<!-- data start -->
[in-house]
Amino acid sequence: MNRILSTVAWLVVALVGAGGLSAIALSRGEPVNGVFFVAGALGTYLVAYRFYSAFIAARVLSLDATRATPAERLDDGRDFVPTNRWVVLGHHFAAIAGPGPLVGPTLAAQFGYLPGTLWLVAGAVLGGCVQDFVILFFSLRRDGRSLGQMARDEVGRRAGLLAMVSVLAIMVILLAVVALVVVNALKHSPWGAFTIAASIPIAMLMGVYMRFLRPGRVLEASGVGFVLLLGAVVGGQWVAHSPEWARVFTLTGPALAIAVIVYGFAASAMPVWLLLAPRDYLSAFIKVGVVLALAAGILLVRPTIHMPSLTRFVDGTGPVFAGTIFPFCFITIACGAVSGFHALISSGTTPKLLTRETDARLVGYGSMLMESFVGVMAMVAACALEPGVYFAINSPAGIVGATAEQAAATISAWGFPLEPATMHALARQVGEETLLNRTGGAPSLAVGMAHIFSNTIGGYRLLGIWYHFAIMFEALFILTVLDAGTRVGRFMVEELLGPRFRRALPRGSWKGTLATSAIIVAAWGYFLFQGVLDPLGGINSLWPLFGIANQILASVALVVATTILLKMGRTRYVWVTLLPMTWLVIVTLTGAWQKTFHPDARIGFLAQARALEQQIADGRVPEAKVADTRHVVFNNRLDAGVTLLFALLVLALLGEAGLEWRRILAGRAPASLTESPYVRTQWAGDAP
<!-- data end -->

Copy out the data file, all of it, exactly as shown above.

[in-house]
Amino acid sequence: MNRILSTVAWLVVALVGAGGLSAIALSRGEPVNGVFFVAGALGTYLVAYRFYSAFIAARVLSLDATRATPAERLDDGRDFVPTNRWVVLGHHFAAIAGPGPLVGPTLAAQFGYLPGTLWLVAGAVLGGCVQDFVILFFSLRRDGRSLGQMARDEVGRRAGLLAMVSVLAIMVILLAVVALVVVNALKHSPWGAFTIAASIPIAMLMGVYMRFLRPGRVLEASGVGFVLLLGAVVGGQWVAHSPEWARVFTLTGPALAIAVIVYGFAASAMPVWLLLAPRDYLSAFIKVGVVLALAAGILLVRPTIHMPSLTRFVDGTGPVFAGTIFPFCFITIACGAVSGFHALISSGTTPKLLTRETDARLVGYGSMLMESFVGVMAMVAACALEPGVYFAINSPAGIVGATAEQAAATISAWGFPLEPATMHALARQVGEETLLNRTGGAPSLAVGMAHIFSNTIGGYRLLGIWYHFAIMFEALFILTVLDAGTRVGRFMVEELLGPRFRRALPRGSWKGTLATSAIIVAAWGYFLFQGVLDPLGGINSLWPLFGIANQILASVALVVATTILLKMGRTRYVWVTLLPMTWLVIVTLTGAWQKTFHPDARIGFLAQARALEQQIADGRVPEAKVADTRHVVFNNRLDAGVTLLFALLVLALLGEAGLEWRRILAGRAPASLTESPYVRTQWAGDAP